WHO says 'high risk' Ebola will spread in DRC

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An Ebola outbreak in Democratic Republic of the Congo has a high risk of spreading internally, the World Health Organisation warned on Friday ahead of a meeting on whether to declare it an event of international concern.

In a statement, the UN agency said WHO Director General Tedros Adhanom Ghebreyesus would convene an emergency committee to discuss the matter.

He is due to speak to the media later on Friday.

The fresh Ebola outbreak, publicly declared on May 8 with 23 deaths so far, was first reported in a rural part of Equateur Province in the vast country's northwest but has now spread to the city of Mbandaka.

Mbandaka's population has been variously estimated at between 700 000 and 1.2 million.

Peter Salama, in charge of emergency response at the WHO, has said the spread to a city complicated the fight against Ebola, which depends on identifying and isolating suspected cases.

The city is on the banks of the Congo River which connects to the capital Kinshaha, hundreds of kilometres to the south, and also to surrounding countries, increasing the risk of a national and regional outbreak, according to WHO officials.

Ebola is lethal and highly contagious, which makes it difficult to contain - especially in urban environments where people are mobile and come into more contact with others.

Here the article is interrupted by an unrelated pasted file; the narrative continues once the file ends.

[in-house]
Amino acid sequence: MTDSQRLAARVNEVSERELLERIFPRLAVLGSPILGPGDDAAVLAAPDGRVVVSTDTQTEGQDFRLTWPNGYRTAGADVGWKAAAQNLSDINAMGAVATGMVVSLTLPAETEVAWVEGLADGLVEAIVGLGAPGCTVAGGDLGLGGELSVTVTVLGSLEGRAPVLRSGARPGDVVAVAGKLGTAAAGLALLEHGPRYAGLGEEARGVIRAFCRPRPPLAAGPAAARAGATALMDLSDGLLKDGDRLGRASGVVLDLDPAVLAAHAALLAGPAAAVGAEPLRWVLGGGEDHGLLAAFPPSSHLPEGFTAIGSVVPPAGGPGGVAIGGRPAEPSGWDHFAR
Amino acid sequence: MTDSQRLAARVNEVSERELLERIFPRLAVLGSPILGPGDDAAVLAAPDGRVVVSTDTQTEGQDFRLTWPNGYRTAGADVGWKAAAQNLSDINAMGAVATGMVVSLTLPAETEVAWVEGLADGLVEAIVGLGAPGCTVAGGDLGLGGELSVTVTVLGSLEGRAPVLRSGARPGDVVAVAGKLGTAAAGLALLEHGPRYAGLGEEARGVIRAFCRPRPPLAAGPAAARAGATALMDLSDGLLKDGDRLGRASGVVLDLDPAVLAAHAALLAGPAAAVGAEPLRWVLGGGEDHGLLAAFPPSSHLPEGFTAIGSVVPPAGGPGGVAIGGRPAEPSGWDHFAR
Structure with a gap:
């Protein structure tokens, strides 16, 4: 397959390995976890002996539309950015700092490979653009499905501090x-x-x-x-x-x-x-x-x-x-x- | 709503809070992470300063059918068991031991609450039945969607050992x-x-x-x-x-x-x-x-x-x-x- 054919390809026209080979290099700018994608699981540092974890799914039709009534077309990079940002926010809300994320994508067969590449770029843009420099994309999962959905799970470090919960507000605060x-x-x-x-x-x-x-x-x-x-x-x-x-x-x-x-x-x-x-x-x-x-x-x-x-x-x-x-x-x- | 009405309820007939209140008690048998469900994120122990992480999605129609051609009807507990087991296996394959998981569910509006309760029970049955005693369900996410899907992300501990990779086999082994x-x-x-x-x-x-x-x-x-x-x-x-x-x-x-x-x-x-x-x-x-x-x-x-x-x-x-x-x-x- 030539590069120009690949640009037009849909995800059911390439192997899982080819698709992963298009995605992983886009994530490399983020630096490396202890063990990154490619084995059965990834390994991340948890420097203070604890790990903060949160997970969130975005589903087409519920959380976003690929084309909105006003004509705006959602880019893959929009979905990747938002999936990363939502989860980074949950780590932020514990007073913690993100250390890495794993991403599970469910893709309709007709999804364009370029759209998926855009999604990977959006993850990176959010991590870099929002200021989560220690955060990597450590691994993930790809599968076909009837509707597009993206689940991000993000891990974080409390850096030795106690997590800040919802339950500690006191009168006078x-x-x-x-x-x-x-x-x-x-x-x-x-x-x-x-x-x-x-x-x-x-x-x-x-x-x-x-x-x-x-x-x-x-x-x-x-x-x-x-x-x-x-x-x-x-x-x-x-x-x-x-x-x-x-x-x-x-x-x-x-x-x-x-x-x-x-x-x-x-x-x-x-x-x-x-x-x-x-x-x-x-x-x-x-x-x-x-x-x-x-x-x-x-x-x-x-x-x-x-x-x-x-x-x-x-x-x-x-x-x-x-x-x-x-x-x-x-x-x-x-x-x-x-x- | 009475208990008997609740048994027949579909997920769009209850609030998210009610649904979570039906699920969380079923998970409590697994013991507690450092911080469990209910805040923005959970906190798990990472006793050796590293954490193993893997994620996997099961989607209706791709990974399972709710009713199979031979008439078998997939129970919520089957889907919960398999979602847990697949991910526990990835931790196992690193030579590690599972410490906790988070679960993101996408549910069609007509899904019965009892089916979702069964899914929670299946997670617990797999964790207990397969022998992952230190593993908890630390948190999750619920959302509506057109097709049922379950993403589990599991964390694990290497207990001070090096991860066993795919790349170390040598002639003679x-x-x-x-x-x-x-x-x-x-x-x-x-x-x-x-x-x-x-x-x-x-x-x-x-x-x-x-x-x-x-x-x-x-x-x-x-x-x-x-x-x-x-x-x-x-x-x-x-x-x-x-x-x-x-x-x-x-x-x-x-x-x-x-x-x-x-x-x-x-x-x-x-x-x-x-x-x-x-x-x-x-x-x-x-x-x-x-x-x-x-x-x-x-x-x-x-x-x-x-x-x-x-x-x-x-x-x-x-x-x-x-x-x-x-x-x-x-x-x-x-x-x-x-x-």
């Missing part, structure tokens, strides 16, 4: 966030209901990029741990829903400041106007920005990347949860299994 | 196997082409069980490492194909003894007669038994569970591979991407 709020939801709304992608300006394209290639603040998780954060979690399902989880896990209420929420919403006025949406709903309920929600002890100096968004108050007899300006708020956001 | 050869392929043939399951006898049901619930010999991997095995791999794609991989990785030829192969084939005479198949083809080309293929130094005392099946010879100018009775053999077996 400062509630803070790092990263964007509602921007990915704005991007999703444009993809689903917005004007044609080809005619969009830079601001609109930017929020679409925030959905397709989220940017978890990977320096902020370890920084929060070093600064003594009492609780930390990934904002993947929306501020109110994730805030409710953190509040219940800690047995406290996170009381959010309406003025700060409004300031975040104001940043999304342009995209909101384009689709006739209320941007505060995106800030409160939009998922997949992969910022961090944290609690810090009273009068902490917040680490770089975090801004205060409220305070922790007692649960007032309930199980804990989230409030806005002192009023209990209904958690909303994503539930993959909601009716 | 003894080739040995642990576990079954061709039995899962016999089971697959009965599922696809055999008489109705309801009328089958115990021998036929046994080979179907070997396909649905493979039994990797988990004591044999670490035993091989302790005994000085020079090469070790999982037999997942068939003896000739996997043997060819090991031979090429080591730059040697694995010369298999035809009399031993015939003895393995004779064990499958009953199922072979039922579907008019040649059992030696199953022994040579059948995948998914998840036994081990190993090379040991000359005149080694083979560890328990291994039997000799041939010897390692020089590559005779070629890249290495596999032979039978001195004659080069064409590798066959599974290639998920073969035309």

Lacking an arsenal of drugs to treat the virus, doctors isolate patients and trace people who have been in contact with them.

The WHO revised its assessment of the risk of spread of the epidemic to "very high" at the national level and "high" for neighbouring countries.

Globally the risk of the outbreak spreading is classified as "low".

The current outbreak involves the same strain of the virus that hit three West African countries in 2013-15 and sparked an international panic.

It went on to kill more than 11 300 people, in the deadliest ever Ebola epidemic.

The WHO was fiercely criticised over its handling of the 2013 outbreak and has pledged to improve emergency response.

There is no licensed drug to treat or prevent Ebola, although an experimental vaccine arrived in the DRC on Wednesday and has been cleared for use by the Kinshasa government.

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